Scaife undertook one unusual media enterprise in his own name. In 1968, he agreed to replace John Hay Whitney, last owner of the New York Herald Tribune, as the head of the parent firm of Forum World Features, a London-based news agency that received subsidies and guidance from the CIA. The proprietor of Forum, Brian Crozier, has said he was introduced to Scaife by the CIA. Scaife has never spoken about this.
The Forum World Features was an interesting CIA construction - it was set up to look like a legitimate news organization (and some who worked there thought it was) but every now and then some CIA propaganda was slipped in.  At the time it was to tell positive Vietnam stories.  While Scaife certainly wasn't the first newspaper owner to skew the news in his own political direction, it's interesting to note that it was at about the same time that he owned Forum World Features that, as the New York Times reported:
In the 1970s, Mr. Scaife bought several newspapers, including The Tribune-Review in Greensburg, Pa., southeast of Pittsburgh. He spent lavishly to turn it into a metropolitan newspaper marketed as The Pittsburgh Tribune-Review. The Pittsburgh Post-Gazette remained the city’s dominant newspaper, but Mr. Scaife cared primarily about winning readers over to his conservative views.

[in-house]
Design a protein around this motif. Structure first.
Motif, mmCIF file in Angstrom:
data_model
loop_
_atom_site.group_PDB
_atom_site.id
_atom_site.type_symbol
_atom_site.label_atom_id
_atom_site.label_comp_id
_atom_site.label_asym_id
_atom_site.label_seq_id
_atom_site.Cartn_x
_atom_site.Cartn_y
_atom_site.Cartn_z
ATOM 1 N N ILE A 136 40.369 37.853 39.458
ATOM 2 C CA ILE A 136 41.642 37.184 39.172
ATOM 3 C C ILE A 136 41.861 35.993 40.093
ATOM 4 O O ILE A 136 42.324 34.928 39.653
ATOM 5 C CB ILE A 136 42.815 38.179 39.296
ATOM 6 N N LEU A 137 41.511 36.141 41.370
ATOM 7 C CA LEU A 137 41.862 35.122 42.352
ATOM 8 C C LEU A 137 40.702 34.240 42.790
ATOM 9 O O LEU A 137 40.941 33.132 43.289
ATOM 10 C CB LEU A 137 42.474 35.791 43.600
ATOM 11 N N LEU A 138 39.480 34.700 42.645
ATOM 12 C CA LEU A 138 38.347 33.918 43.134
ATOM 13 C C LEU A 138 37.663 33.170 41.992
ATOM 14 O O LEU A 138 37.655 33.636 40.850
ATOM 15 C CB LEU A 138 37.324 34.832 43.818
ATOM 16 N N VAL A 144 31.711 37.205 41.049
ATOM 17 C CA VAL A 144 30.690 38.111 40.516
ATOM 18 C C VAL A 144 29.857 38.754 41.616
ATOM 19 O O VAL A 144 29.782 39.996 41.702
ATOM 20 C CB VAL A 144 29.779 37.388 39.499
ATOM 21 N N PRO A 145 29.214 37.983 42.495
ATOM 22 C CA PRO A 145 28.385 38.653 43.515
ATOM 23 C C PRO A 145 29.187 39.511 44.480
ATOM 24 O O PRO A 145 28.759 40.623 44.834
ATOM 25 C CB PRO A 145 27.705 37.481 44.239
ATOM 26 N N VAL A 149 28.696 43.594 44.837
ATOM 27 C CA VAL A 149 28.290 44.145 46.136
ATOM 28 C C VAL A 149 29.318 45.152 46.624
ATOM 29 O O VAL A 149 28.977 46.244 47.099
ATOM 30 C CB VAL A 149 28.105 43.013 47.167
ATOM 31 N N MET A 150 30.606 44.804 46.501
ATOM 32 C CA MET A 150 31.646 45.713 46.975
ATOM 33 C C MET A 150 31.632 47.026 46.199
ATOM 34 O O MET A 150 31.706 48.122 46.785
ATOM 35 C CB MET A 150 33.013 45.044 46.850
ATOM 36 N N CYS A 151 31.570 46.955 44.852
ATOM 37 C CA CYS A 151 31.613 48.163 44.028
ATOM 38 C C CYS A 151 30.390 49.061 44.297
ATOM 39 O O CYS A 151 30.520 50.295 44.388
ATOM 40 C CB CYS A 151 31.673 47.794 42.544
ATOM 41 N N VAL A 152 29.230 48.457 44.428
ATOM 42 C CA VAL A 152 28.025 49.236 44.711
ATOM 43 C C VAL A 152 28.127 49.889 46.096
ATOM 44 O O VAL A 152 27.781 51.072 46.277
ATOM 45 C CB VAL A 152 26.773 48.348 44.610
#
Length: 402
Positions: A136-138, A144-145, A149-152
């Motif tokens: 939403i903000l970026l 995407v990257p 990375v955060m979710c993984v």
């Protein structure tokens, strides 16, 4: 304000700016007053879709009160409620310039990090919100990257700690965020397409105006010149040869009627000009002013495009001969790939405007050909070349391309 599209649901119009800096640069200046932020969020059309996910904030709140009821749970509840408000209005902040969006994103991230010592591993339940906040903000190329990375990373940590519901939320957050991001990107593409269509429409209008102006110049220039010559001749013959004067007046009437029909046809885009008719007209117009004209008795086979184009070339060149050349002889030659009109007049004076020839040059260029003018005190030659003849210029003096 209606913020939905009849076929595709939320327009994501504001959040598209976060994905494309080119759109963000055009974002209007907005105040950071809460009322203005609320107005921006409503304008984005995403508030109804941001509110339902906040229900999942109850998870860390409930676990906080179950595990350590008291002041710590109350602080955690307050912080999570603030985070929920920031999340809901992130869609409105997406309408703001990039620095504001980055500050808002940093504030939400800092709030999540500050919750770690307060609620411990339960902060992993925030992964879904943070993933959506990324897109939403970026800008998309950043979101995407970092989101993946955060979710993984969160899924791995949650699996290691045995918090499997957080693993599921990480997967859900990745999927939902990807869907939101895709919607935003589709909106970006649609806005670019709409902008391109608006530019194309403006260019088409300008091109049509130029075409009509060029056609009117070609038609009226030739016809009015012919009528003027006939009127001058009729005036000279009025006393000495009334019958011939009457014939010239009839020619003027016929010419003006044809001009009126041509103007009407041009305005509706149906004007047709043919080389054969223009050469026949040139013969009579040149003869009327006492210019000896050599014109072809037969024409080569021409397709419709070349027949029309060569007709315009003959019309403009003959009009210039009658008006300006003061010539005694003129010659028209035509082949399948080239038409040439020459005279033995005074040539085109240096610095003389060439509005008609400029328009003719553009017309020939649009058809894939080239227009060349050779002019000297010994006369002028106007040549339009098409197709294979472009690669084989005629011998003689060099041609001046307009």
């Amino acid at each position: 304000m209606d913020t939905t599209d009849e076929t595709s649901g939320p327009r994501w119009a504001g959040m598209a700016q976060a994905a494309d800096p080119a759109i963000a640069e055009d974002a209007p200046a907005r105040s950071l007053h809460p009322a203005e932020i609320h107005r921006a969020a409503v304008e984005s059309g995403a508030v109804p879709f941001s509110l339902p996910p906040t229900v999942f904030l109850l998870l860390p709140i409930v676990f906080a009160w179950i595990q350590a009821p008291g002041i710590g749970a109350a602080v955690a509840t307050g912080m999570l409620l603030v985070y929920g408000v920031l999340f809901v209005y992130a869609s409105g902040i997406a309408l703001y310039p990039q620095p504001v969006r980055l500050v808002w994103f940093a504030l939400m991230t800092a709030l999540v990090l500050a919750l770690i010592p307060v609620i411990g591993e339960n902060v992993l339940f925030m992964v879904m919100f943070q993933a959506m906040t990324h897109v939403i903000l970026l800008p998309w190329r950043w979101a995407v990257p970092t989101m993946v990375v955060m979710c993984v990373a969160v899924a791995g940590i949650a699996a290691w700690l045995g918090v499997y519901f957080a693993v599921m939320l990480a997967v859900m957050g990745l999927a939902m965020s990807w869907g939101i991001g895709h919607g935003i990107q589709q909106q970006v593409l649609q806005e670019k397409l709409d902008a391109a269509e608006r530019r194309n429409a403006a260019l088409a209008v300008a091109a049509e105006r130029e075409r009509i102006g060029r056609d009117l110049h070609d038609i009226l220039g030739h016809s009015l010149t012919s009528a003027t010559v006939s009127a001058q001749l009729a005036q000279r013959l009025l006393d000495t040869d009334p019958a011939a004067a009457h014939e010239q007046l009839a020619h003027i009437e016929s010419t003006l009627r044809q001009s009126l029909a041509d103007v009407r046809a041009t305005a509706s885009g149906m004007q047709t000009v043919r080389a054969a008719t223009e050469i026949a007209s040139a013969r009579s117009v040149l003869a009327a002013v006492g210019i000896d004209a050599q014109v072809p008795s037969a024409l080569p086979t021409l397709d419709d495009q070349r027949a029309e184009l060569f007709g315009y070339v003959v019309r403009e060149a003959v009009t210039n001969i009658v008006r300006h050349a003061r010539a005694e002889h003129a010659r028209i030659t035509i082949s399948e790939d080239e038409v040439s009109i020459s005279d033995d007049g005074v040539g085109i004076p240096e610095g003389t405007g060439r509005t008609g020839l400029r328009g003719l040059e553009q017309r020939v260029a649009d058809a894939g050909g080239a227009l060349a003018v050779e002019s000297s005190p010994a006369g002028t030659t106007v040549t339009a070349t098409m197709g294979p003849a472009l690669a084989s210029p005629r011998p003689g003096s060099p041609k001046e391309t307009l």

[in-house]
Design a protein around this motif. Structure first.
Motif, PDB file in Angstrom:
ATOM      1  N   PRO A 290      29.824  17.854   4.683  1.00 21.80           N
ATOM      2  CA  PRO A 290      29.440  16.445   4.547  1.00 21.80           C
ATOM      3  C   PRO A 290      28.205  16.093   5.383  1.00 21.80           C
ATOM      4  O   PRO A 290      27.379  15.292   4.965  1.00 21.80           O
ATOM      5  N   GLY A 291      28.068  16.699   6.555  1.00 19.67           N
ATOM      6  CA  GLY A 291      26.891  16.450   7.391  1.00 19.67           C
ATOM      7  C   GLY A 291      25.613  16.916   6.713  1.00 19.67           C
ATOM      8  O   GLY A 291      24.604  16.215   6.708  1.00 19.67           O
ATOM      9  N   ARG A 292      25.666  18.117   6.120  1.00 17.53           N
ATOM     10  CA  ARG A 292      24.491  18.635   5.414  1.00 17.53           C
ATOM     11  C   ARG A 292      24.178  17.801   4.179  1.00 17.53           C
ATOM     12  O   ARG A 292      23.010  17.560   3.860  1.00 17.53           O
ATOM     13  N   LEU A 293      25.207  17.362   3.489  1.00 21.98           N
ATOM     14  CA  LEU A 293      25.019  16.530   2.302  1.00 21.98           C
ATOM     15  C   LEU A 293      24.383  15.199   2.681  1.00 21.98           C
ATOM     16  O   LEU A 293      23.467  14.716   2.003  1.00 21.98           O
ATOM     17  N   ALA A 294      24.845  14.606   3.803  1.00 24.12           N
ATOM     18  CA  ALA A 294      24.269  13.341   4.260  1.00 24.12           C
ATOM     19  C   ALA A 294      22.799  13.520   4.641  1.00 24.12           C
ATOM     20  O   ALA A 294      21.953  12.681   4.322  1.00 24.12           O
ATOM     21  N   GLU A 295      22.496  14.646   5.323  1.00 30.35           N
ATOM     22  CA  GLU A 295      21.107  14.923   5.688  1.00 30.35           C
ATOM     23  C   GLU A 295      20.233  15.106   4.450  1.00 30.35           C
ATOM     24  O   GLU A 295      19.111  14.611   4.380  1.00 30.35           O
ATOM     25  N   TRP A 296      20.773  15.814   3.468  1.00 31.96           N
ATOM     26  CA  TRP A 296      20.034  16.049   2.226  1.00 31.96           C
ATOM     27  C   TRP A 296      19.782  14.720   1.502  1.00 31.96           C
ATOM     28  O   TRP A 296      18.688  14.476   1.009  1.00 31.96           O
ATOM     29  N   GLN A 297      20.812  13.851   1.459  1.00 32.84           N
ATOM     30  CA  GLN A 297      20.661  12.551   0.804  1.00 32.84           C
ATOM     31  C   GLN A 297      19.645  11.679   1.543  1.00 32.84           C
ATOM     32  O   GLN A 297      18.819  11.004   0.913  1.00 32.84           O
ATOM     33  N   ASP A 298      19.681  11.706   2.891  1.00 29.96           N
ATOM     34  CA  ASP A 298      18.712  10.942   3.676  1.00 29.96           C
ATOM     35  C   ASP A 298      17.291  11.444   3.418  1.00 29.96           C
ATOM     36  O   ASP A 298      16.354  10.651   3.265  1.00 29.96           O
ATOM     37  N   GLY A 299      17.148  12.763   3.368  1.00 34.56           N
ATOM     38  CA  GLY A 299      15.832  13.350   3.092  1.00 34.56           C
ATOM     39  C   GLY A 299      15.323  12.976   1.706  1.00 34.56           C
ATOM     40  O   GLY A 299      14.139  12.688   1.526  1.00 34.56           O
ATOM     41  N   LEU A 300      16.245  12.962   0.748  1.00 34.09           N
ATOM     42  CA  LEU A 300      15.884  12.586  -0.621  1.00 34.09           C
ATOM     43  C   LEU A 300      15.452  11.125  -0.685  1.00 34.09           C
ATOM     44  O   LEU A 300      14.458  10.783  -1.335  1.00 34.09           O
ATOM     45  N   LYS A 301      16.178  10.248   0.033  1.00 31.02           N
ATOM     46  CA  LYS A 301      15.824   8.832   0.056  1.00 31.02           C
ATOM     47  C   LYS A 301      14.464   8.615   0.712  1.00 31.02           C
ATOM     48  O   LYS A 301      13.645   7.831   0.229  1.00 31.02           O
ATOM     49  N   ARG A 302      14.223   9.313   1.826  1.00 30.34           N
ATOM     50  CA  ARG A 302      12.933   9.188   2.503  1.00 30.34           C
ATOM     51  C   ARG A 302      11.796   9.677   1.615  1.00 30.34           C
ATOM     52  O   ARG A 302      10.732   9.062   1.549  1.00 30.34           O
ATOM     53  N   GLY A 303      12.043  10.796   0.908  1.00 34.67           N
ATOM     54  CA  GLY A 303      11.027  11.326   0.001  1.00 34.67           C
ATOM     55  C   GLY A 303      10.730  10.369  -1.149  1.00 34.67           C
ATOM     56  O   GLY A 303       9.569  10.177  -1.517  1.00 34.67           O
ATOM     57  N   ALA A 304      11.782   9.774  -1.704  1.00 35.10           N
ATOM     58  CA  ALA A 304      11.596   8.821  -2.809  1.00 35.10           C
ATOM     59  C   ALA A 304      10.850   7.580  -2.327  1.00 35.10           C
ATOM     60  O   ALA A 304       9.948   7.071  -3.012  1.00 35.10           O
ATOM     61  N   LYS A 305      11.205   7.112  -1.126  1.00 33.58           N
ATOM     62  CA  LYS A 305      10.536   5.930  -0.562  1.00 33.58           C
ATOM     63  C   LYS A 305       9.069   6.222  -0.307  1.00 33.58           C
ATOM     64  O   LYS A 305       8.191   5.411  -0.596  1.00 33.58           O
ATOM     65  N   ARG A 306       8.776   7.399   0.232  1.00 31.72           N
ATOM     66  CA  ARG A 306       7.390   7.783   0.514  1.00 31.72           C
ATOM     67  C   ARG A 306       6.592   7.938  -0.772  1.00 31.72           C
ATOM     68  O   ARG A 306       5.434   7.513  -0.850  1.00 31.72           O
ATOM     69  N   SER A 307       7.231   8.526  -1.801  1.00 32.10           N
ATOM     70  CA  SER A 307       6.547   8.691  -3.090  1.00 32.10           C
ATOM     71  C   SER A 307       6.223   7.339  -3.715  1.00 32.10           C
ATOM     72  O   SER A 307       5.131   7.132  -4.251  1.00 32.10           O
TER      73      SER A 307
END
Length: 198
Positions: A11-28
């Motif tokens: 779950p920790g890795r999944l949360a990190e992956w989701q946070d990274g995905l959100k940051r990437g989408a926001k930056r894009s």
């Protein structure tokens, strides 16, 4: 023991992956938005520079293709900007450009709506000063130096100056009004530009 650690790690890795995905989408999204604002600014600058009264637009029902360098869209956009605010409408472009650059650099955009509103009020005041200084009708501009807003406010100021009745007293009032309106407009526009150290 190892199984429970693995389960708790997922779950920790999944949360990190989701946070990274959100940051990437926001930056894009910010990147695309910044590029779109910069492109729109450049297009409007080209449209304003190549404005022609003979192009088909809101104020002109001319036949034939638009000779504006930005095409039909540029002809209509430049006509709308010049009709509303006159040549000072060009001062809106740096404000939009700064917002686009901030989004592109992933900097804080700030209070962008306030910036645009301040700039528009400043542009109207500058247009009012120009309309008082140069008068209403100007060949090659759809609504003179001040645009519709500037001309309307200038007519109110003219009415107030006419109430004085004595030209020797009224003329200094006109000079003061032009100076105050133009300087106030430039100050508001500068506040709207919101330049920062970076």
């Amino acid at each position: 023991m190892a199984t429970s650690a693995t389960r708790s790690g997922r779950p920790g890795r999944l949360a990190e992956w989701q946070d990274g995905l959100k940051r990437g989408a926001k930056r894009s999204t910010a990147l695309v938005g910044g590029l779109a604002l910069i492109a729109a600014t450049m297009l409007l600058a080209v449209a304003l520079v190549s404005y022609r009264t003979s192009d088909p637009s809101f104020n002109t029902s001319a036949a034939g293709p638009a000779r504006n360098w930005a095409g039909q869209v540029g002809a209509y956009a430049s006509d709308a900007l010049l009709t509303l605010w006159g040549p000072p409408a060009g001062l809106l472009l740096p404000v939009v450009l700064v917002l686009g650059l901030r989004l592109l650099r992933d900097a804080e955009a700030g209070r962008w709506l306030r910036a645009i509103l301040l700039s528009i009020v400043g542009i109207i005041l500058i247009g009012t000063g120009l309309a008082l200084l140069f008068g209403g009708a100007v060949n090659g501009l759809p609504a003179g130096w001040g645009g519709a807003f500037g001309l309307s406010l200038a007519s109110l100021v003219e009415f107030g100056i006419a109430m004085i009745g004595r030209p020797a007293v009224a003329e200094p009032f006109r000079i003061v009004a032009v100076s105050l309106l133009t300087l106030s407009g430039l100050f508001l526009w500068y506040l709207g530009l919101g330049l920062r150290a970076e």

I'm not saying that the Trib is a CIA front but at the very least, it's an interesting coincidence that at about the time that Scaife's Forum World Features was surreptitiously injecting pro-Vietnam "news" into our media mainstream he gets the idea to purchase what became the Trib for similar conservative "news" stories.

And from the Trib we got the Arkansas Project (do I really need to go into how incorrect that project turned out to be?) and Christopher Ruddy's "reporting" on Vince Foster:
On the off chance that you haven't followed every twist and turn of the case, there are two ways to reassure yourself that former Deputy White House Counsel Vincent Foster killed himself in Fort Marcy Park. One is to read Whitewater Independent Counsel Kenneth Starr's just-released report on the subject--a briskly efficient 114-page document that makes an already overwhelming case for suicide about as close to airtight as you can get. The other is to read Christopher Ruddy's new book, The Strange Death of Vincent Foster. Ruddy, of course, is the Inspector Clouseau of the Foster case--a determined, if bumbling, former New York Post reporter who has virtually single-handedly spawned a cottage industry of conspiracy buffs dedicated to the proposition that a foul and monstrous cover-up surrounds the circumstances of Foster's death.